All Astronautical Evolution posts in 2013:
Elysium, Earth; Elysium, Mars (Sept.)
The Futures We Love to Fear (Aug.)
Do I Really Exist? (May)
New in 2015:
Short story The Marchioness
2016: Stragegic goal for manned spaceflight…
2015: The Pluto Controversy, Mars, SETI…
2014: Skylon, the Great Space Debate, exponential growth, the Fermi “paradox”…
2013: Manned spaceflight, sustainability, the Singularity, Voyager 1, philosophy, ET…
2012: Bulgakov vs. Clarke, starships, the Doomsday Argument…
2011: Manned spaceflight, evolution, worldships, battle for the future…
2010: Views on progress, the Great Sociology Dust-Up…
Index to essays – including:
The Great Sociology Debate (2011)
Building Selenopolis (2008)
Neubrandenburg Thoughts (I): OldSpace versus NewSpace
Stephen Ashworth, Oxford, UK
The 29th annual Tage der Raumfahrt (Space Days) were held in this attractive town in northern Germany over the second weekend in November 2013. A wide range of people, including both space professionals and non-professionals such as myself, heard presentations on the past, present and future of space exploration.
As before, I was very happy to be overwhelmed by the generous welcome from my German hosts. I was particularly glad that this year I was able to contribute a few words to the conference, covering recent activity in interstellar studies.
Needless to say, the debate between OldSpace and NewSpace views of progress in the immediate future cropped up in several conversations. This got me thinking: what is the problem here? As clearly as I can put it, what the debate boils down to is this.
Spaceflight, particularly manned spaceflight, is after more than half a century of steady activity by government space agencies still too difficult, dangerous and expensive to form part of the normal economic activity of mankind. It remains an expensive luxury.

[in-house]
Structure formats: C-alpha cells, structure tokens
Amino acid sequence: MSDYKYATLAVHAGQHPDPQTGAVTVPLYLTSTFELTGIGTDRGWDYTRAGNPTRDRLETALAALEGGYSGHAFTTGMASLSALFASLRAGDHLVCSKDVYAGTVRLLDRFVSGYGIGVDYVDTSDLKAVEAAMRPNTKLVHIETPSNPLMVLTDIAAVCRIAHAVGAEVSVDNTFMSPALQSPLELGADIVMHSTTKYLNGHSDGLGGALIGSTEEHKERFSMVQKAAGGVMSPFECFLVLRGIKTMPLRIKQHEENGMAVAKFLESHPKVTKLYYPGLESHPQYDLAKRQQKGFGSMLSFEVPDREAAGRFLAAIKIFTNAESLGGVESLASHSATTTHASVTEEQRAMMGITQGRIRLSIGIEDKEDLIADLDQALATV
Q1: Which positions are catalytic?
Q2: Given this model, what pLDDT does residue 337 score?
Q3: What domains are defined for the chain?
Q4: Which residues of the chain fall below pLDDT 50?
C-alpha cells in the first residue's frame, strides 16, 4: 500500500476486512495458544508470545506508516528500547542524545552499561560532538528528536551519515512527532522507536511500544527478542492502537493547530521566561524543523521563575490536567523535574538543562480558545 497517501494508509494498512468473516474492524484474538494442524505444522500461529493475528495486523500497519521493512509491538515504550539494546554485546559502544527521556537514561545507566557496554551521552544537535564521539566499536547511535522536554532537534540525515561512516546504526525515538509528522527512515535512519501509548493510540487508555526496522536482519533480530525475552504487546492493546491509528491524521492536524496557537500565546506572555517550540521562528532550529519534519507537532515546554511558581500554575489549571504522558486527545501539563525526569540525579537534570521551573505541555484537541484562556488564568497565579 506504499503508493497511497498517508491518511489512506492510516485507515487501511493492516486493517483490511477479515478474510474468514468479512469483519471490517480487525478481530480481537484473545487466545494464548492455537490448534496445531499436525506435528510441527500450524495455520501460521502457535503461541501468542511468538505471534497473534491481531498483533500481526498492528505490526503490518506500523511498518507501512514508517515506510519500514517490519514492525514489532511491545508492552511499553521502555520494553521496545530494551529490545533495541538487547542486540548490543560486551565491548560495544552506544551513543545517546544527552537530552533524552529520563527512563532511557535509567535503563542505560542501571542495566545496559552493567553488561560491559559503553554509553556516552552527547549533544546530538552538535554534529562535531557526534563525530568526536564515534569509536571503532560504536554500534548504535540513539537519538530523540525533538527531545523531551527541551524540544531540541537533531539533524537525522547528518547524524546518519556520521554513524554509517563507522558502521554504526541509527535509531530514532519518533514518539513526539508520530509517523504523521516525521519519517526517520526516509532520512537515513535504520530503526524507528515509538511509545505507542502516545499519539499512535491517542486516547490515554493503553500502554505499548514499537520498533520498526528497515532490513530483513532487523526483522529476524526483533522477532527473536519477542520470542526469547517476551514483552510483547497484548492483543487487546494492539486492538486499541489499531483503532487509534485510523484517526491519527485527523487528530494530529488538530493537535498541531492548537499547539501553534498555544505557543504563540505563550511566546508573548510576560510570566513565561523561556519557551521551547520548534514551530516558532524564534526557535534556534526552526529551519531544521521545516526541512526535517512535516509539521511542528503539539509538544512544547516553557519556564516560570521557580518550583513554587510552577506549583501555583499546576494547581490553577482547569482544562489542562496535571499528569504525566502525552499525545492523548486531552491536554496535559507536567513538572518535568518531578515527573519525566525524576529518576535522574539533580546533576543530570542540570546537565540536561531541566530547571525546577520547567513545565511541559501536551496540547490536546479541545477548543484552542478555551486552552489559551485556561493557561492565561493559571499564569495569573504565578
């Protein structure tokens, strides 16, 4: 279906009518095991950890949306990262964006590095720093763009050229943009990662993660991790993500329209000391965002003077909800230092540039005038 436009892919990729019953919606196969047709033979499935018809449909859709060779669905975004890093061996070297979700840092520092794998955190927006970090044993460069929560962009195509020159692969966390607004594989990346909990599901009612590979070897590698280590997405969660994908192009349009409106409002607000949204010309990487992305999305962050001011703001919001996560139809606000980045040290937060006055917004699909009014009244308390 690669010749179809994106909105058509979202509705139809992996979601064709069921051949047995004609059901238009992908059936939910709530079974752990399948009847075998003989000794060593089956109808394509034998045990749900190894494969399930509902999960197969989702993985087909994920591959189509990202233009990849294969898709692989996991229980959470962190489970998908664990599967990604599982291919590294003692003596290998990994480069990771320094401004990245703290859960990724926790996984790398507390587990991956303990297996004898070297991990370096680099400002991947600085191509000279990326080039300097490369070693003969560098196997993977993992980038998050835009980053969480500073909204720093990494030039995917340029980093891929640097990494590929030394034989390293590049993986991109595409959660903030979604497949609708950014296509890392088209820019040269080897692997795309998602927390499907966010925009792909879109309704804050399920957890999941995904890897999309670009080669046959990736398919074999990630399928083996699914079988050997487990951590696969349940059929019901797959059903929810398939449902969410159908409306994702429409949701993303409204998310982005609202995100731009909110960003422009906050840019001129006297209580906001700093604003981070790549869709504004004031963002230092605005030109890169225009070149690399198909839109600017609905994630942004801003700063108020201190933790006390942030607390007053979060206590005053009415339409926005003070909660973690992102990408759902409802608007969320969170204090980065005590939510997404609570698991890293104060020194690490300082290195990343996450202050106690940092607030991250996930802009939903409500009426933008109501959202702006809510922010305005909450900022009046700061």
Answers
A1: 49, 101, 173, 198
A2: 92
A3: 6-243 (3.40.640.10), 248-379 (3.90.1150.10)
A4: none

Therefore its expansion to the new projects of lunar and martian exploration which everyone involved wants to happen, and even its continuation at the present level of involvement, needs a clear justification which is broadly agreed, even by those with no interest in spaceflight as such (who, it must be admitted, constitute the majority of mankind), and this justification is currently lacking.
As a result, instead of being a stepping-stone to increasingly routine activities in low Earth orbit, the International Space Station is turning out to be yet another dead end project which ends up as scrap at the bottom of the ocean.
As Rand Simberg says in a recent op-ed in USA Today:
“Kennedy’s legacy in space is a NASA human-spaceflight program that has been rudderless for half a century, because its purpose was never articulated in terms that would justify the massive amounts of money expended on it. Had the goal actually been to open up the high frontier to humanity, an America operating on its traditional values of individualism and entrepreneurship would have gone to work on it much sooner, and much more effectively, than the centralized state-socialist bureaucracy that we established to beat the Soviets’ state-socialist bureaucracy to the moon. With the recent success of SpaceX and others, we are in fact starting to see this happen, half a century late.”
Two solutions to the current impasse are on offer, based on two contrasting concepts of what spaceflight is for.